Holiday Reads: Must See African Comics for the Long Easter Break

April 14, 20177 min read

Holiday reads anyone? 👀

Easter holidays in Ghana (and likely the rest of the world) mean a long weekend when most of us get to take a break from work. Some people visit family and friends, others go out to chill. Others like us, snuggle in bed and binge on all the things they’ve been unable to keep up with. If you’re big on fresh and unique forms of African entertainment, this list of African comics will hold you down this holiday. It’s the holiday reads season. 

1. Orisha Pikin by Kiyindou Yamakasi

Orisha Pikin, a perfect African comics companion during your holiday reads
Obatala and Madam Koi Koi face off.

Dive into the wacky childhood adventures of Sango, the Yoruba Orisha of thunder in his quest to become the next Olorun of Orun (the spiritual realm in the yoruba mythology). This lovely comic by our Kiyindou Yamakasi is four issues deep with no plans of stopping and is highly recommended by everyone on the team! Here’s my take on the introductory issue. Read it for free here.

2. Eru by the Ezeogu Brothers

Cover of Eru, a horror comic book by the Ezeogu Brothers published by Comic Republic
Cover of Eru by the Ezeogu Brothers. Published by Comic Republic

Fear is a strong drug that either consumes you or is manipulated by you for your own goals. But what if you are fear itself? What will you do? Join Eric Kikuyu, a Lagosian professor by day, and anti-hero/vessel of fear by night. Read the entire series here.

3. Kwezi by Loyiso Mkize

Kwezi, is one of the first publicly acknowledged African comics as part of our holiday reads list.

Who says being a superhero (read warrior, so Kevin doesn’t have my head) can’t be fun especially in an age where narcism is all the rage? Thanks to social media, young Kwezi whose name translates from Xhosa as star shines with his superhuman strength, ability to fly and more. That is until an ancient order comes knocking at his door with advice and a mission. Read the first issue of Kwezi for free here.

4. Rovik by Salim Busuru and Yvone Wanyoike

Rovik by Avandu
Rovik by Avandu

The Star Wars universe is replete with many wondrous creatures and beauties. But not many black people and definitely no African perspective. That’s probably because it hasn’t had African minds in the creative process. What if that changes? Salim Busuru’s Rovik is a fanfic comic set within the same universe as Master Yoda and the ultimate raspy-voiced badass, Darth Vader. Read it for free here.

5. Nkarim Chronicles by Elf Work Studios

Let’s pretend kung-fu soccer was set in an African village. Now imagine gruelling training, physical combat, sabotage, treachery, warring villages and some of the best action panels on the continent. Drumroll, Canary 7even’s Nkarim Chronicles. Read it for free here.

6. MAD! Comics Universe

Anabelle from MAD! Comics
Anabelle from MAD! Comics

If our first Squidtropolis hangout with Hafeez Oluwa was any indicator, the guys at MAD! Comics are here to switch up the game. With just four – incredibly short – titles, this crew’s very raw and grungy art, coupled with their dark, uncensored stories are just what just what the doc prescribed to snap out of the Easter blues. Tap into the dark side here.

7. Ganyamuto by Tinodiwa Makoni


Imagine humanoid dogs, cannon blasters, plasma guns, mechas and villains called Darklaw, in an alternate dimension where humans are extinct (and possibly myths). That is Ganyamuto, a fable about a stubborn, reckless pup prophesied to save his world from an impending apocalypse. The comic was authored by Tinodiwa of ComeXposed, a geek collective promoting geek culture within Zimbabwe.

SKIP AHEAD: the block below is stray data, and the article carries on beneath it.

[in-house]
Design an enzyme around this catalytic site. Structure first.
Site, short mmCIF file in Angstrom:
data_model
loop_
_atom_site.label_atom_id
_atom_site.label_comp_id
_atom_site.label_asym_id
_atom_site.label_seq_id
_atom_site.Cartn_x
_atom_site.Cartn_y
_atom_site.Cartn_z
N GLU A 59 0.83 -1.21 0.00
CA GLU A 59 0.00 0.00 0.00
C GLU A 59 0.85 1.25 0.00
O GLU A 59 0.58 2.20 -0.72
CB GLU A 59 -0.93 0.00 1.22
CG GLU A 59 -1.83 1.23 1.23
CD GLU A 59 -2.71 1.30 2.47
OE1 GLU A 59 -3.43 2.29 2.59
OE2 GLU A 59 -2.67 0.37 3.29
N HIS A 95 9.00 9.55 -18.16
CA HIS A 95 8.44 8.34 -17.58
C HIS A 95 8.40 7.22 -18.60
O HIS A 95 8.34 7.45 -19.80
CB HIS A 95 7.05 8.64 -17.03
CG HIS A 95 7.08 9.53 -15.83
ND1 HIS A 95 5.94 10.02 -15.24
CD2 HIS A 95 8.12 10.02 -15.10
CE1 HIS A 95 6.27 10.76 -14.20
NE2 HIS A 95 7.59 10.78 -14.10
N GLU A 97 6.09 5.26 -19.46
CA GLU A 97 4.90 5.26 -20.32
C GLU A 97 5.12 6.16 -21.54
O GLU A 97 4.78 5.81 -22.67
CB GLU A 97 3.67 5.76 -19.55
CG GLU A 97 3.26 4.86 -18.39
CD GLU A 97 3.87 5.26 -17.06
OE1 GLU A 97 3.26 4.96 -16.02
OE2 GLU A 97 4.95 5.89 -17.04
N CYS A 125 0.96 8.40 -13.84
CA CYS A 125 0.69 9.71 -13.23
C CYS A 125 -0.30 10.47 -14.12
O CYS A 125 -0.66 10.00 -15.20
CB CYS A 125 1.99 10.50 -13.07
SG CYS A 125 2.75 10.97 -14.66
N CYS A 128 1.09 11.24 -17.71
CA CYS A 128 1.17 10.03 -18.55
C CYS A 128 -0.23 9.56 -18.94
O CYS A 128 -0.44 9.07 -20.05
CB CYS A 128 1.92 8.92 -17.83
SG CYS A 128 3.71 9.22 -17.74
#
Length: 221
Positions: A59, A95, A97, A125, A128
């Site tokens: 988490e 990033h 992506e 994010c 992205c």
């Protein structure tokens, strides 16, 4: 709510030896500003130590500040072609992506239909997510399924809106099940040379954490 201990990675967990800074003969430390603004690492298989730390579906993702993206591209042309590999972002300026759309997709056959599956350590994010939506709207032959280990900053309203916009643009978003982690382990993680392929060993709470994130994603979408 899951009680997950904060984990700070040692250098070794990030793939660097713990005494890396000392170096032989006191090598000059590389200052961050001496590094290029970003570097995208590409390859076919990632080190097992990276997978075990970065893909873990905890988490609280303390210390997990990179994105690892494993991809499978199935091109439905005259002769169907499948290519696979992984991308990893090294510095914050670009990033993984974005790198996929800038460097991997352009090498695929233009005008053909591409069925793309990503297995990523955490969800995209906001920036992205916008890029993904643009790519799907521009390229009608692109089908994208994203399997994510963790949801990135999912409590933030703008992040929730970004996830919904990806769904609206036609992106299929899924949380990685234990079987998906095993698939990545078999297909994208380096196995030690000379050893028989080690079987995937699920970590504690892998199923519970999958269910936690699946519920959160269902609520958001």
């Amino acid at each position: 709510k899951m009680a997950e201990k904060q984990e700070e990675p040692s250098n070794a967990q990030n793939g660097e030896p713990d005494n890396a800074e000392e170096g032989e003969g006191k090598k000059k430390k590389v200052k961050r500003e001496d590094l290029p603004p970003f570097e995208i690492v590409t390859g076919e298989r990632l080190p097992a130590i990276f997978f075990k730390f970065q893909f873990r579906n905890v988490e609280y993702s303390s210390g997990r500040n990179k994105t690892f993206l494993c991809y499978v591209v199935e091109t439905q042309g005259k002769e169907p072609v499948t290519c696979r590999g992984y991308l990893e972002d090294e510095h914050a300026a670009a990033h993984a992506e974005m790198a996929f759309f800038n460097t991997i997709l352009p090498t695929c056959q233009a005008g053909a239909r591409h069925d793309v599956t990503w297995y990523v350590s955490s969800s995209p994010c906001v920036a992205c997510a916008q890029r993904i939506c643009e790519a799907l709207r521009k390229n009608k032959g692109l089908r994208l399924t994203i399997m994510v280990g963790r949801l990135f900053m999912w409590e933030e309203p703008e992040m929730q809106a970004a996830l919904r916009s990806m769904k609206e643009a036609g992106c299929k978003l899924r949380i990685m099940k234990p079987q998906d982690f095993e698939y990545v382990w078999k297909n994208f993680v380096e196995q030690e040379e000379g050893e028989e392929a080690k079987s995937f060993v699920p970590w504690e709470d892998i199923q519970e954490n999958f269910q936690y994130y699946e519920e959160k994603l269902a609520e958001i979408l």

8. Red Origins by Obi-Ud

Red Origins by Kolanut Productions

RED ORIGINS is an epic sci-fi magical-futurism webtoon the creators claim will rock your world! The comic is part of a long-term plan for an animated seires that was succesfully backed on Kickstarter.  It was created by Kolanut Productions, an up and coming independent animation, comic, and game productions company. The blurb goes: It’s 2070 and three friends are mystically transported to Neo-Africa. In order to return home, they must stop a brewing war between Ancestral and Technological Africa. Jump into the world of Red Origins here or read our Squid CoW take on this epic African comics add to your holiday reads.

9. Agbara by the Kalu Brothers

Agbara - Blood and Ghost comic book cover featuring the titular character wielding a short gun to the back of a hooded figures head.
Agbara – Blood and Ghost

Illustrated and created by Chima & Kelly Kalu, Agbara tells of a fallen angel’s exploration of what it means to be human after her banishment from heaven. Her banishment is a result of  her neutral stance in a war between Angels and Demons. Read this interesting tale here.

10. Oluwakuuta by Lubega Louis

Go for a trippy adventure with this Ugandan comic. Here’s the author’s description: Based off an African Folk Tale, The story follows a young boy (kakama) who is set out to destroy a vicious demon that has terrorized the world and killed his family. Watch as the story unfolds revealing immense drama, action and comedy in the world where the youngest hero will put all to an end; or will he? Get into this psychedelic action for free here.

11. Wob3tekpa Comics 

Wobetekpa Logo

If none of the listed comics cut it for you, maybe this satirical collection of gags and parodies can help. Produced by Wob3tekpa, these comics provide hilarious and sometimes sexist commentary on daily life in Ghana. There’s bound to be something that cracks you up in here regardless of your humour threshold. Get cured of boredom here.

Whatever your Easter is like, boredom cannot be part of it. Especially not when we have these many African comics to as holiday reads.


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